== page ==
Are you interested in volcanoes, earthquakes, hurricanes, glaciers, rivers and other aspects of your physical environment? Would you like to know more about British Columbia, Canada or the Pacific Rim? Would you benefit from a better understanding of current urban, cultural, environmental and economic issues? Do you like maps and are you curious about new spatial information technologies such as global positioning and geographic information systems? Are you considering a professional career in teaching, law or business? Are you planning on pursuing an undergraduate degree at a university?
If you answered yes to any of the above questions you should consider taking a geography course or courses at Langara College.
Geography is subdivided into human geography (study of location and other aspects of human activities) and physical geography (study of landforms, geology, climate, etc.). Geography courses usually include subject matter related to both the social sciences, sociology and economics for example; and the natural sciences, geology, biology and physics for example. However, geography tends to take a more generalist and interdisciplinary approach than other social and physical sciences.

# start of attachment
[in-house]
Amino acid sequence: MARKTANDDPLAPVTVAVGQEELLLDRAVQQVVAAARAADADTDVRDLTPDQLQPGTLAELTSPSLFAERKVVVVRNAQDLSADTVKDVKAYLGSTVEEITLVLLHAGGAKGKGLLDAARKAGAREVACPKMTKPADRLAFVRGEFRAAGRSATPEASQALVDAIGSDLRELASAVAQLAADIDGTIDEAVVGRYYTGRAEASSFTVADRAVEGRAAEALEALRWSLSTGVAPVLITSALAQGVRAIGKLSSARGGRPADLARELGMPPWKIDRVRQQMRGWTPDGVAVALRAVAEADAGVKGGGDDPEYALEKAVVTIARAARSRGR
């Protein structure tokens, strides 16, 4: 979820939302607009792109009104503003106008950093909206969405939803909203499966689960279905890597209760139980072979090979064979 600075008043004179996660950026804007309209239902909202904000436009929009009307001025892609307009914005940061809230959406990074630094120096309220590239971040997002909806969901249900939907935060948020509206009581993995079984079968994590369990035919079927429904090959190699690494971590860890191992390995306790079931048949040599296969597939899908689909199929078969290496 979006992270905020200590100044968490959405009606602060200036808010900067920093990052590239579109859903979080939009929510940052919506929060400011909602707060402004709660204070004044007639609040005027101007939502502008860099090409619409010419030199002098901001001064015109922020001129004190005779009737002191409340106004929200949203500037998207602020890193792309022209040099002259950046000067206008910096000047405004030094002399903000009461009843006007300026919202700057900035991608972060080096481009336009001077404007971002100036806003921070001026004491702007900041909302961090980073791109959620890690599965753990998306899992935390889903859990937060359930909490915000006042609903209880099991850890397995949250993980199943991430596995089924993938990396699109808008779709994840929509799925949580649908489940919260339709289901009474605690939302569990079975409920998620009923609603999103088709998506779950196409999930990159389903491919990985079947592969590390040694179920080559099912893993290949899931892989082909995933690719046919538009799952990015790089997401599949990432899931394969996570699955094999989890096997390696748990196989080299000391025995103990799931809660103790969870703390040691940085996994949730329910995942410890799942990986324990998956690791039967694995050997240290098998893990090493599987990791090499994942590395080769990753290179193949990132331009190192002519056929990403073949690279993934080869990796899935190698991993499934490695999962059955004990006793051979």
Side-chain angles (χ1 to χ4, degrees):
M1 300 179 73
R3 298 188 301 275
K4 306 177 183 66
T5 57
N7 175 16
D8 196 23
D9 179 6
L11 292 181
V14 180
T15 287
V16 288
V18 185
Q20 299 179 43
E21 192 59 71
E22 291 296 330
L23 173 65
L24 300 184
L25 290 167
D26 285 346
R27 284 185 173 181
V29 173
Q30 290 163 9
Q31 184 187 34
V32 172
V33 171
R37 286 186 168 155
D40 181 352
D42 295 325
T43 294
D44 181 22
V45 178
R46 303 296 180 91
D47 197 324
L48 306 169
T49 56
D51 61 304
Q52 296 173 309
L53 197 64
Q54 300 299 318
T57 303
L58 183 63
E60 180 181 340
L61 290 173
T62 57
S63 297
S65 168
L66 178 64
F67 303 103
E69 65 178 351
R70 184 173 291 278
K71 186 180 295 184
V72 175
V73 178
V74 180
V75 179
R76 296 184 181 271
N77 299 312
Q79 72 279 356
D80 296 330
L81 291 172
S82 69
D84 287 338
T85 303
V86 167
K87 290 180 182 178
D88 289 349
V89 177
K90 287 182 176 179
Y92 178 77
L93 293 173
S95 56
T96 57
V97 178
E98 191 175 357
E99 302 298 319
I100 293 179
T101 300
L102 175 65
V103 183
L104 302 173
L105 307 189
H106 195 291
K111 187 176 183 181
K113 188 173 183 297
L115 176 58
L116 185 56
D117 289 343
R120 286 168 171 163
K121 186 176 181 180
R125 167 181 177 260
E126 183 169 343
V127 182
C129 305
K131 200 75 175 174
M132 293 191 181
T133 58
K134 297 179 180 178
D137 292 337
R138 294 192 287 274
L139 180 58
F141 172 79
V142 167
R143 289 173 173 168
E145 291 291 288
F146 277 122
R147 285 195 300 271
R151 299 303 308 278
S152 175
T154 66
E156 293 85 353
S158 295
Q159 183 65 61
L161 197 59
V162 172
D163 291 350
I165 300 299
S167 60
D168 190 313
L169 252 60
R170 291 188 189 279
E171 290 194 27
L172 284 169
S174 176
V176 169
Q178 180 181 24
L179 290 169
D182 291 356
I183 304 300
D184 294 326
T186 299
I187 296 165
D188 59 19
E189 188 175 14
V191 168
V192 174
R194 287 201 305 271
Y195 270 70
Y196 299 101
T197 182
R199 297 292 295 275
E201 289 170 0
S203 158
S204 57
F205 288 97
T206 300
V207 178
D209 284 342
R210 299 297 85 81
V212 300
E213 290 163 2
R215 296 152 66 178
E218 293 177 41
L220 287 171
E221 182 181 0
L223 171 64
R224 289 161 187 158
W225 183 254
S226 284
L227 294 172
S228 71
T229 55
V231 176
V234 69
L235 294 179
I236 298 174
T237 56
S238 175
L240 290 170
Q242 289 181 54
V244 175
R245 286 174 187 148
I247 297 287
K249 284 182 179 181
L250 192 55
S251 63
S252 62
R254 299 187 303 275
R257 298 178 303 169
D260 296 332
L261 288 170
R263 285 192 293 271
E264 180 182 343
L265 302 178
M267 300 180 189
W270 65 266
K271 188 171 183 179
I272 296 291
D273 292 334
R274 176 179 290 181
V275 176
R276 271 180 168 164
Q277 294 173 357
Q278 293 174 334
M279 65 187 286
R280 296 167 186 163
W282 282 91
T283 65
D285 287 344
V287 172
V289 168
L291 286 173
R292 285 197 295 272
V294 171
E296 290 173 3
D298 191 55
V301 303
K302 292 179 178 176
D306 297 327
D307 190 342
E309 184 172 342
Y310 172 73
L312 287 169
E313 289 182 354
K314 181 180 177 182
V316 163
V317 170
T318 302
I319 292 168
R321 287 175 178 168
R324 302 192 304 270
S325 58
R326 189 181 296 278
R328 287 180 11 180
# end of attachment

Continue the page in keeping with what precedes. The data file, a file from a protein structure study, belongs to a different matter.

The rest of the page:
Geography is also characterized by a unique spatial perspective. Geographers are interested in explaining the how and why of the distribution of natural and human produced phenomena. Consequently all areas of geography involve the use of maps, and geographers have led the way in the development and use of exciting new spatial information technologies like geographic information systems (GIS).